By T.J.S. George
In a non-democratic family enterprise such as the Congress, even the appearance of rebellion is unthinkable. That is why last month’s letter of dissent by 23 senior leaders triggered an earthquake in the party. The letter was in fact no rebellion. It raised a call for internal reform, a reasonable idea in a party that is older than Indian Independence. It should have been doubly welcome because it came from respected veterans whose objective was to make the party stronger.
The ideas they put forward — a full-time leadership available at National and Pradesh- levels, transparent elections for Block, Pradesh and all-India Committees — were constructive. But ‘loyalists’ saw the letter as criticism of the High Command. And the power of loyalists should never be underestimated. They are the nuts and bolts of Rule by High Command. That’s why we saw a seven-hour debate in the Working Committee ending with renewed affirmation of faith in Sonia Gandhi and Rahul Gandhi. The non-democratic family enterprise character of the party thus re-affirmed, all was well.
Given her background, Sonia Gandhi probably suffers from an insecurity complex. She wants her top position affirmed and reaffirmed so that she won’t have to worry about her personal incomprehension of India’s convoluted party politics. Once the Working Committee was all-in-all in the party. Today it is the High Command that calls the shots. And the High Command consists of the family and its loyalists. As for Rahul, nothing seems to give him sufficient confidence to take command de jure as well as de facto. Instead of deriving benefit from the Brave 23, mother and son went into gyrations that suggested activity when there was none. Loyalists are one hundred-percenters. Their allegiance is all-out and categorical. So the Gandhi loyalists stood firmly against “dissent.”
Kapil Sibal, a loyal Congress leader if ever there was one, put it plainly when he said that nominations could not be a substitute to elections. He drew attention to the party constitution which stipulated that the Working Committee should have 12 members who were elected to the AICC. But not one elected member is currently in the Committee; all are nominated.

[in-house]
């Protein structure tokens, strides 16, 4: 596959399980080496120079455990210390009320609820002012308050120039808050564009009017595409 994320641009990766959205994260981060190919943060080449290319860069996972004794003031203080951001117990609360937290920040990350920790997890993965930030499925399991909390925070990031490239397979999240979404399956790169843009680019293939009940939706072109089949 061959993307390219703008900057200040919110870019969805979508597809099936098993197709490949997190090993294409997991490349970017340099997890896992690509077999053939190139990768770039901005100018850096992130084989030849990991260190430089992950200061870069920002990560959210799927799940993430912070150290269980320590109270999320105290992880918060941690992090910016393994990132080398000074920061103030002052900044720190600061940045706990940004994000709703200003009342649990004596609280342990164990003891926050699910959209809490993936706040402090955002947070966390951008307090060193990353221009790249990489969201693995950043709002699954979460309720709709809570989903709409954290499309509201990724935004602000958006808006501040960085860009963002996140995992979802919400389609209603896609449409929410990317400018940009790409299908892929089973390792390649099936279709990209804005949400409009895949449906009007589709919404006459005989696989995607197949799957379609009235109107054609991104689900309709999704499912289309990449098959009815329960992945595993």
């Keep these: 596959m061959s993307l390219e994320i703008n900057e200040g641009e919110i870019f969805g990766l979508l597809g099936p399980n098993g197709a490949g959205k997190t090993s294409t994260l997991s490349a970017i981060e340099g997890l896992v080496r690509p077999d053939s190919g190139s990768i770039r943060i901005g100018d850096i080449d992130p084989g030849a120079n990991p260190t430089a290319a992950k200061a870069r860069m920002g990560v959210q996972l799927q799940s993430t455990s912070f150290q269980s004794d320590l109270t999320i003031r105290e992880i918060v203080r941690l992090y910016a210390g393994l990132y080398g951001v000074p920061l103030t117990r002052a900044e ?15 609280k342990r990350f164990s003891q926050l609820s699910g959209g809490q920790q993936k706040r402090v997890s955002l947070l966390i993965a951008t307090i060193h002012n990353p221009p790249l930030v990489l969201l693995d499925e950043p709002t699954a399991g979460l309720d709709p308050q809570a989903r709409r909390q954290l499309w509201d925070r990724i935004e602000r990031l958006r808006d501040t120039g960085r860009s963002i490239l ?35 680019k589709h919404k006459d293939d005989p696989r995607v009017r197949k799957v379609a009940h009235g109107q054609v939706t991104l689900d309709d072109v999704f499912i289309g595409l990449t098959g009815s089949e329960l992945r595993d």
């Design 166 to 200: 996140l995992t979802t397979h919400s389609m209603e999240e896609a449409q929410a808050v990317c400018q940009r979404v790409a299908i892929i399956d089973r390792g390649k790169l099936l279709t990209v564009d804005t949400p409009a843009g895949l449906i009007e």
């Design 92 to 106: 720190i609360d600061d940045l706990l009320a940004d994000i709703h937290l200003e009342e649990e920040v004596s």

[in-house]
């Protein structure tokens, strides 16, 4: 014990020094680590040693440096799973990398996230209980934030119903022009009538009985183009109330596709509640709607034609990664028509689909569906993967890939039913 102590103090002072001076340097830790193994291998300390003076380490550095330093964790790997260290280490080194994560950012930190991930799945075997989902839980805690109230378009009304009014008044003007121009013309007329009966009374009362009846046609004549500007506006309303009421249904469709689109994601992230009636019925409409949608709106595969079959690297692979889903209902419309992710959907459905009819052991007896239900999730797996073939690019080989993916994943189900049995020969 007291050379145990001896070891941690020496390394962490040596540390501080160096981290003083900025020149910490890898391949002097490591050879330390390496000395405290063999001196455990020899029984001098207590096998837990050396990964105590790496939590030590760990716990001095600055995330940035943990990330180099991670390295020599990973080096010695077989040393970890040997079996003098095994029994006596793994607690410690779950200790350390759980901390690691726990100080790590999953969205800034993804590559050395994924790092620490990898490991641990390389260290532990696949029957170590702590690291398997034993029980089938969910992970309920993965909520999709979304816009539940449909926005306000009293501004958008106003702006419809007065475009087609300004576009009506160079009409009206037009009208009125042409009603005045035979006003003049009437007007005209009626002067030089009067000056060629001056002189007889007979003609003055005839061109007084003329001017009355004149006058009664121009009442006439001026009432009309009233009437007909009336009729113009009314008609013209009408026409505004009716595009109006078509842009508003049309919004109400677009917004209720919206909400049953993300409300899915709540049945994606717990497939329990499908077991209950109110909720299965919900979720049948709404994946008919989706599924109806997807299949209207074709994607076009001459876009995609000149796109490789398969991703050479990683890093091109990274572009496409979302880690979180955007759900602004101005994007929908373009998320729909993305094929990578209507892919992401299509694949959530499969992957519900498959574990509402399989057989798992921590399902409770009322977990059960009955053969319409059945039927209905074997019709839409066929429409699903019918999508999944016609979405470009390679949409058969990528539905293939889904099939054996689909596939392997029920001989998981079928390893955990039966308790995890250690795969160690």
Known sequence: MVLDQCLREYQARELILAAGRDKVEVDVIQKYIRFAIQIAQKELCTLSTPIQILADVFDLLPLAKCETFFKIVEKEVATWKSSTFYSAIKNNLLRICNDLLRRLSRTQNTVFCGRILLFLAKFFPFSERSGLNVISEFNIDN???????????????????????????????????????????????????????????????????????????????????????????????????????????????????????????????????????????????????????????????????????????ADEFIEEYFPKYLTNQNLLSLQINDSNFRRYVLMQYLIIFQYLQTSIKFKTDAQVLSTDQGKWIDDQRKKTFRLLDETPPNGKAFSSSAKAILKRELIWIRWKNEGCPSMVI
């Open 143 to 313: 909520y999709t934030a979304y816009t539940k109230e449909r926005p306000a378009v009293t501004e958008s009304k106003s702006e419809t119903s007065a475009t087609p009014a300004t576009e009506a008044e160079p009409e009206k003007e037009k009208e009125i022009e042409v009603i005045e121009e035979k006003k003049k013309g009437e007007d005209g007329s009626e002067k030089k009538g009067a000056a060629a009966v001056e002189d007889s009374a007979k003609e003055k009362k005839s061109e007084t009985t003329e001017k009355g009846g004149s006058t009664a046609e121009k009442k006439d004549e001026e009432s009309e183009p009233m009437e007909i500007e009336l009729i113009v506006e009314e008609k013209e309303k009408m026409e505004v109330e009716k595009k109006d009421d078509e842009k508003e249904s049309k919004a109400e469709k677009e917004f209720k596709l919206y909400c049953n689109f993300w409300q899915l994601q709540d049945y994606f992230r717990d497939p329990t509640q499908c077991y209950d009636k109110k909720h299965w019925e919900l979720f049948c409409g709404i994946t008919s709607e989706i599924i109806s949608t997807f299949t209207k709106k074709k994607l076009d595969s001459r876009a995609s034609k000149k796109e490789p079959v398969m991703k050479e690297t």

Responding to the Brave 23’s letter, the AICC and Working Committee were reconstituted, but through nominations by the President, not elections. Some of the signatories did not find place in the new Committee. The message was clear: Leadership will be in the hands of a select few who will need no electoral approval.
There were reports that some of the Brave 23 and some from outside that group held a private meeting and surveyed the internal situation in the party. They were said to have hardened their position against leadership by nomination. But they are up against formidable forces. Remember the WikiLeak expose which quoted well-connected Americans saying how “the Gandhi family has been secretive about who belongs to the inner circle” and how the inner circle “carefully controls her access to information and inoculates her from criticism, while her carefully scripted public appearances protect her from making gaffes or missteps.”
When Rahul held office in the AICC (2013 to 2019), his team included Mohan Gopal, Jairam Ramesh, Madhusudan Mistry, K. Raju and Divya Spandana who were often at loggerheads with Sonia’s loyalists. That was irony of a revealing kind — Rahul loyalists being inimical to Sonia loyalists and vice-versa. These internal rivalries and clashing loyalties helped reduce the Congress to the status of a virtual non-entity. In the 2019 elections the Rahul caucus expected to win not less than 164 seats in the Parliament. It got 52, two seats short to have even the status of the official Opposition.
Kapil Sibal felt angry enough to say that, if nominations are to replace elections, then it was best to re-write the party’s constitution. The loyalists pretended that they did not hear it. The bottomline is clear: There are Congress leaders whose eminence depends on patronage by the Gandhis and they put their self-interests above the interest of the party and the country. Mahatma Gandhi must have foreseen this. Hence his opinion, openly expressed, that the Congress must be disbanded. He said: “India having attained political independence through means devised by the Congress, the Congress in its present shape and form, that is, as a propaganda vehicle and Parliamentary machine has outlived its use… The Congress has won political freedom, but it is yet to win economic freedom, social and moral freedom.”
Poor Gandhi! Not in his wildest dream could he have imagined India coming under a-moral freedom.